The heart… or brain I suppose… of any laptop is the processor, also referred to as CPU (Central Processing Unit).
It’s usually a good idea to get the “most processor” you can afford for longevity and that odd time you decide to re-touch all your digital photos or videos in one giant batch. Laptop processor performance is subjective and your primary usage of the laptop should determine which CPU to look for.
Specifications of laptop processors compared to their desktop equivalent are very similar but overall are designed with battery operation and reduced heat output in mind. Important differences include slower clock speeds, less power consumption, and will commonly have fewer cores.
Laptop Processor Speed
While there are a few general categories a laptop processor can be assigned to it’s important to know the main difference in day to day use is how fast they can execute your software and the extra hardware or lack thereof on each processor is transparent to the user(you) but affects primarily execution speed rather than software compatibility.
The general categories are also considered an overall category for the entire laptop so determining what you will be using the laptop for will already narrow down the processor selection you have to sift through.
- High End – Performance, Enthusiast, 3D Gaming, Workstation, and Multimedia (including encoding, transcoding, content creation)
- Mainstream – Email, Web Browsing, Office Apps, Multimedia, Gaming, and Workstation (mediocre 3D capabilities.. usually)
- Budget – Email, Web Browsing, Office Apps, Multimedia
- Ultra Low Voltage – Email, Web Browsing, Office Apps
Many feature a “turbo” mode where the clock speed is ramped up to meet more demanding games and applications. This turbo mode has limitations based on several operating variables, according to Intel’s implementation the variables include:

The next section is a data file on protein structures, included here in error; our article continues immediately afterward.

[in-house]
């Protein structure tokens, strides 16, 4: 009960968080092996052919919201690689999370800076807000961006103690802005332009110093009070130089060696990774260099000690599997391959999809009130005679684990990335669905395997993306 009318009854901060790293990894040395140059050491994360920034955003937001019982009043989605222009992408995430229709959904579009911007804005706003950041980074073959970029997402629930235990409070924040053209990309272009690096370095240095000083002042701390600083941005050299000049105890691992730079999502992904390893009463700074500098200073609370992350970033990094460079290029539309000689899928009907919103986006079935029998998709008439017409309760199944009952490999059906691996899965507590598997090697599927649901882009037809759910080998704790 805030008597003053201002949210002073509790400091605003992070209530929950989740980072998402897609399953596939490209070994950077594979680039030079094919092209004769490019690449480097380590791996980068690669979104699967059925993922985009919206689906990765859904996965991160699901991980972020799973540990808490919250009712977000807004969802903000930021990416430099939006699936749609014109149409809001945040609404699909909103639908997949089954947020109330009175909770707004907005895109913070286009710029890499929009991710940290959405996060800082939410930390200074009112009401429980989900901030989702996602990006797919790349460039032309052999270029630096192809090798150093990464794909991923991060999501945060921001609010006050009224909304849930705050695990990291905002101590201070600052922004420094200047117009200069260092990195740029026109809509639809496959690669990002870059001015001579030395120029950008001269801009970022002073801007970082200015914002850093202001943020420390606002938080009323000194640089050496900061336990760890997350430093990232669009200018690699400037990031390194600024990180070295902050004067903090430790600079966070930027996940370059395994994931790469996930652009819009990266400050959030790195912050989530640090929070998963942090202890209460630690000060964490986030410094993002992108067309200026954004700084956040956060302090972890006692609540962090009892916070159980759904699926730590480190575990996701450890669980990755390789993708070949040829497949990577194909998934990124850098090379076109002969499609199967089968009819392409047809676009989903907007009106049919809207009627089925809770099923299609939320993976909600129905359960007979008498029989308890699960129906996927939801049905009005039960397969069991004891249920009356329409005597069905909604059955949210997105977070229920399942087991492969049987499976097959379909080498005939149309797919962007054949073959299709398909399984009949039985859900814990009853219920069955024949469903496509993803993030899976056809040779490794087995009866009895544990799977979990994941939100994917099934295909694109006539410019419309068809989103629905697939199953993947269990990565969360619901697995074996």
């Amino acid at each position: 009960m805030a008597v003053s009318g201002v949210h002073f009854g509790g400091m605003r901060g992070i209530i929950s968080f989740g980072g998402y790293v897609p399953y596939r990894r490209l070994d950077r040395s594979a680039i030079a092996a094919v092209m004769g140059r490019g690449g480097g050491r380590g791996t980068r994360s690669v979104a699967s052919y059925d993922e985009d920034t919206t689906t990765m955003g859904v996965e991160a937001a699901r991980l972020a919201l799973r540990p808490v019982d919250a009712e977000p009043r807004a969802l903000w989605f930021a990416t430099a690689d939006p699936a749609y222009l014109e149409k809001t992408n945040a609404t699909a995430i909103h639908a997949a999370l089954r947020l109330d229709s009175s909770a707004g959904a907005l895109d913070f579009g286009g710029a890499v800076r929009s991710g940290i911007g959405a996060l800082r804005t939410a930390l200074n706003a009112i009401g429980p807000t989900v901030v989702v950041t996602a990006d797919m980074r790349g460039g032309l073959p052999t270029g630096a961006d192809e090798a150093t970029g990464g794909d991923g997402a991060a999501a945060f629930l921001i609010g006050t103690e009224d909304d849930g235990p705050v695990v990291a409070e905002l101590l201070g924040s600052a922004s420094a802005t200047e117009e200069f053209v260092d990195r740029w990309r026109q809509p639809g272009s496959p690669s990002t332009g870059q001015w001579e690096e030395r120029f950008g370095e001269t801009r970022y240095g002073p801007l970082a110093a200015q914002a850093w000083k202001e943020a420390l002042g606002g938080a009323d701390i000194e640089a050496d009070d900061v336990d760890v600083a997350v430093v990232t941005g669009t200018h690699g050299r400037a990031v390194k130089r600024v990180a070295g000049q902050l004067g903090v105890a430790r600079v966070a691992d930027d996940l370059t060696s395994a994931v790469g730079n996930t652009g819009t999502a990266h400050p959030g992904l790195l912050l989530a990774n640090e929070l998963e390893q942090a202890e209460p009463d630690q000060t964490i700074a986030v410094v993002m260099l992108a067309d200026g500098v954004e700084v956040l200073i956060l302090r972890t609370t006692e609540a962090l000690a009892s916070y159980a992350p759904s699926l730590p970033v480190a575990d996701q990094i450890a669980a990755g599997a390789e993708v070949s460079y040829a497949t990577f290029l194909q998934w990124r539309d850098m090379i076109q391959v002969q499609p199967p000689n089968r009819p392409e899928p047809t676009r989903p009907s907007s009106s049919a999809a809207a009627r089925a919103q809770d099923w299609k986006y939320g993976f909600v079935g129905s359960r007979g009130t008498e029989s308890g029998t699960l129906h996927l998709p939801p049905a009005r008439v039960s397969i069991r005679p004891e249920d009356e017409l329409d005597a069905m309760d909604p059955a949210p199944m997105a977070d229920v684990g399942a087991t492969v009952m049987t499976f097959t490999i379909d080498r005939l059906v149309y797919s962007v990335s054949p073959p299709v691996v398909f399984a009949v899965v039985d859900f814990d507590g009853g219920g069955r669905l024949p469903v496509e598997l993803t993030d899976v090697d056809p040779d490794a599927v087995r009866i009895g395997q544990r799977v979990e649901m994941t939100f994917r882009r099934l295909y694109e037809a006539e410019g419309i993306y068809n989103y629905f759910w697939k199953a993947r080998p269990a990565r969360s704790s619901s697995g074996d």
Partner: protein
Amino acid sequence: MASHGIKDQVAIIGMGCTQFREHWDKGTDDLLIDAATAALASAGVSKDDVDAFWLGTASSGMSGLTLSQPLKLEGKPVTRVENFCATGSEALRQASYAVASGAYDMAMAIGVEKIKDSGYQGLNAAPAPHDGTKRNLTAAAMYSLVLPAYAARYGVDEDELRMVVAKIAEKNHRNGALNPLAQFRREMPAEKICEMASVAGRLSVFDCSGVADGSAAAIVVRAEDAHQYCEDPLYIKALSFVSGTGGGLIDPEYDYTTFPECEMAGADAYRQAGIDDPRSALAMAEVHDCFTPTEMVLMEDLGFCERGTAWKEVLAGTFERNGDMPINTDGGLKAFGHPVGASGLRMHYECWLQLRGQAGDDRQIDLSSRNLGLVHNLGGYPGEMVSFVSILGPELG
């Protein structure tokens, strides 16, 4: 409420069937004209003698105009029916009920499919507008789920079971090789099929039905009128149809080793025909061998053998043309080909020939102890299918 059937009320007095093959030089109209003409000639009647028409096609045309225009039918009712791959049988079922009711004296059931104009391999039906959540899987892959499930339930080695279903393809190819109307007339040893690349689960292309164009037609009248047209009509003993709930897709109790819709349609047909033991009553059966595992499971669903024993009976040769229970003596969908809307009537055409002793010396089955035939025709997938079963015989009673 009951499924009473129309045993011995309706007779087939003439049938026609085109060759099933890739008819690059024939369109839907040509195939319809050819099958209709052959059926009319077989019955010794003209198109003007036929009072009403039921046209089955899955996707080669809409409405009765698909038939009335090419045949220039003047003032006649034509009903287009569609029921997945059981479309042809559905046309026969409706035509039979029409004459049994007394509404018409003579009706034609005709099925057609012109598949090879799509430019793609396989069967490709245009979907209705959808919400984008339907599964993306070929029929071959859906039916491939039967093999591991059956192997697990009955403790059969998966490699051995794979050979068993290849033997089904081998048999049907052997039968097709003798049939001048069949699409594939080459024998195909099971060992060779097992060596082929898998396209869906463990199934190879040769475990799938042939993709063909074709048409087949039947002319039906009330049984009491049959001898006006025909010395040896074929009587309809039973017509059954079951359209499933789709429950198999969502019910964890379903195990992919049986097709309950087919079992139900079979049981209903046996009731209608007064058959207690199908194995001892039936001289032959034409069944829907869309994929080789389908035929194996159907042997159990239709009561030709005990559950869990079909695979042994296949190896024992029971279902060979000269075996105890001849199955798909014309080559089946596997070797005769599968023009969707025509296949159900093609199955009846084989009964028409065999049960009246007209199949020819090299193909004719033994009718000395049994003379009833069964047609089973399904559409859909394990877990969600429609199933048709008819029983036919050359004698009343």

- Number of active cores
- Estimated current consumption
- Estimated power consumption
- Processor temperature
More information on Intel Turbo Boost Technology.
Several Intel processors also include Hyper-Threading technology which, in a nut-shell, creates a second “virtual CPU” on each physical core of the processor so a dual core CPU with hyper-threading will appear as four CPU’s on operating systems that support it. This won’t double the performance but it does have the benefit of executing more instructions in the same space of time as a CPU running at the same clock speed without Hyper-Threading. Not all software will benefit from this but it does help with the heavy lifting in multimedia and content creation projects.
Laptop Processor Confusion
The two major manufacturers of laptop processors are Intel and AMD, both use a model number system to differentiate their own processors from one another. The problem with this is the sheer number of meaningless letters and numbers you are faced with while looking for a decent laptop to buy. Perhaps “meaningless” is a bit unfair since they do have meaning but unless you are prepared you can be at the mercy of the salesman!
Then there are laptop processors with integrated graphics on the same chip, AMD calls these APU’s (Accelerated Processing Unit) while Intel just added more model numbers to choose from.
Some laptops even use desktop processors which give the advantage of speed in exchange for heat and shorter battery life. The extra speed is due in part to higher clock speeds and usually more of everything CPU related such as cache and/or cores not available on the laptop specific processors.